Steve: I had always written but I was intimidated. I realised that I had to up my calibre. The criteria is that it's always the best songs that get on the record. There's never been a time when people would say, 'well, I want my songs on the record'. That's bullshit. It's not how we operate. Quality is the thing.
Toto's career has been a long one, what with Grammies, platinum records and sell out tours. "It's been a nice road. We took a couple of years off because of losing lead singers and I went and did a record of my own. Then we sort of missed each other and the record company was after us to do something and they found this guy from South Africa (new singer Jean Michel Byron). Not what we normally would have picked. It was in our contract to do a greatest hits album but we wanted to do a real album. They said, 'just put one new song on it and we'll put it out'. We said, 'no, you can't rip off people like that. At least do four, especially as we have a new guy. Then we'll do a tour and see if people remember us'. We sold like a million records on the continent in two months or something like that and played big venues tha were 10.000 people, all sold out. I mean England is our weakest market in Europe for whatever reason, radio or the press hate us. They'd rather talk to Sigue Sigue Sputnik or another bunch of no-playing fools.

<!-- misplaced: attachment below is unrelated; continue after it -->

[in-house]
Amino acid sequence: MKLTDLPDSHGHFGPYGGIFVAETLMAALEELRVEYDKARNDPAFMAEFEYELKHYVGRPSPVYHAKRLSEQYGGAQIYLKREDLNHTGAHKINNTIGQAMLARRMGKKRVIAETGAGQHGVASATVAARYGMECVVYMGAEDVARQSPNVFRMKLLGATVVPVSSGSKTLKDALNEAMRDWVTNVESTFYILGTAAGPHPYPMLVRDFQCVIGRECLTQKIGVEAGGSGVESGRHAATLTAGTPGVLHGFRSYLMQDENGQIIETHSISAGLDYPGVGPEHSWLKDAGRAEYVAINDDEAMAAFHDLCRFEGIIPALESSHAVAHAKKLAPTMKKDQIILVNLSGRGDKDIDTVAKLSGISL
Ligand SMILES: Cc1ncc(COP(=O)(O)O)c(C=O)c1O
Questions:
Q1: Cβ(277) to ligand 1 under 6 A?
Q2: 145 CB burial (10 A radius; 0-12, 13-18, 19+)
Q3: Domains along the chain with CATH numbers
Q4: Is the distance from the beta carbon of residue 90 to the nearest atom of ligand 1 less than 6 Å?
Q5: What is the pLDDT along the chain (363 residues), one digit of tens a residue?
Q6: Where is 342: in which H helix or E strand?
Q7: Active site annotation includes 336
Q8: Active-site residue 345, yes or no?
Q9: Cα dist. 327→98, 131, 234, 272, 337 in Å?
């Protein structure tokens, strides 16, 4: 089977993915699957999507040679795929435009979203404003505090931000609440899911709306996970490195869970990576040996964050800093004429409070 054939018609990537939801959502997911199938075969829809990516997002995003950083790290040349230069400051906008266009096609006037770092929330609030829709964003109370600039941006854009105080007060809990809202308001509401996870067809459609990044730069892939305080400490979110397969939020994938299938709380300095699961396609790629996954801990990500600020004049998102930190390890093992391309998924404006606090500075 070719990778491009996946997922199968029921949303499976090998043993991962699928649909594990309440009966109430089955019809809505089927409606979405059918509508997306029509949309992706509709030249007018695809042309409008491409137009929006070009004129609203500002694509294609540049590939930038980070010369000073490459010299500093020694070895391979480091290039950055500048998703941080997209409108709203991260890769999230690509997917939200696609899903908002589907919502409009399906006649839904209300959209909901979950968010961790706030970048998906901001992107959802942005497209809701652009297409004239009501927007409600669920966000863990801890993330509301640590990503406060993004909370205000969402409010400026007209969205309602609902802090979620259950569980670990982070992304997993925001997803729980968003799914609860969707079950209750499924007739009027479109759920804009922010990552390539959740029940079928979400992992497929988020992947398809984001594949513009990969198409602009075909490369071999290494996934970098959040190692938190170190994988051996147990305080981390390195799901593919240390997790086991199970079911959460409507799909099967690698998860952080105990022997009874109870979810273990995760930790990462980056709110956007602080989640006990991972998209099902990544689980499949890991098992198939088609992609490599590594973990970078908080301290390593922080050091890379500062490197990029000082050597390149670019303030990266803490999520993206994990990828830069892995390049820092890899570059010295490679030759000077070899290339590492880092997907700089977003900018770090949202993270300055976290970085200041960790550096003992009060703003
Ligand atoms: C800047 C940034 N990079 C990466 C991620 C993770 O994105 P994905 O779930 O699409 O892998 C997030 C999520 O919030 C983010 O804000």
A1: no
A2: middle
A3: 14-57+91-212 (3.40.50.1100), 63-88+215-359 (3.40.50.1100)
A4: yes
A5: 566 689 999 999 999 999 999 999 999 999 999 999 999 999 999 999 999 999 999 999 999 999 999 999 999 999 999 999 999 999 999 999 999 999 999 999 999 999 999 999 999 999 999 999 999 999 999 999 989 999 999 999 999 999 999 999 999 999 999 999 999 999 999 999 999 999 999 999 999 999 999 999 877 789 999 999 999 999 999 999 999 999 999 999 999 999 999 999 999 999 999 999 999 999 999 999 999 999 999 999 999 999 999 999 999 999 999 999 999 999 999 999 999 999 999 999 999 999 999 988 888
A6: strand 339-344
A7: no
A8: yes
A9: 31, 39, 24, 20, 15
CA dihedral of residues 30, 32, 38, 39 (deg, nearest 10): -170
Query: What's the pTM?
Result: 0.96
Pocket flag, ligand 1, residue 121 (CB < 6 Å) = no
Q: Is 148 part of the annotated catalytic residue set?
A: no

IM: How do you feel about the current crop of guitar heroes? Do you have any required listening or favourites?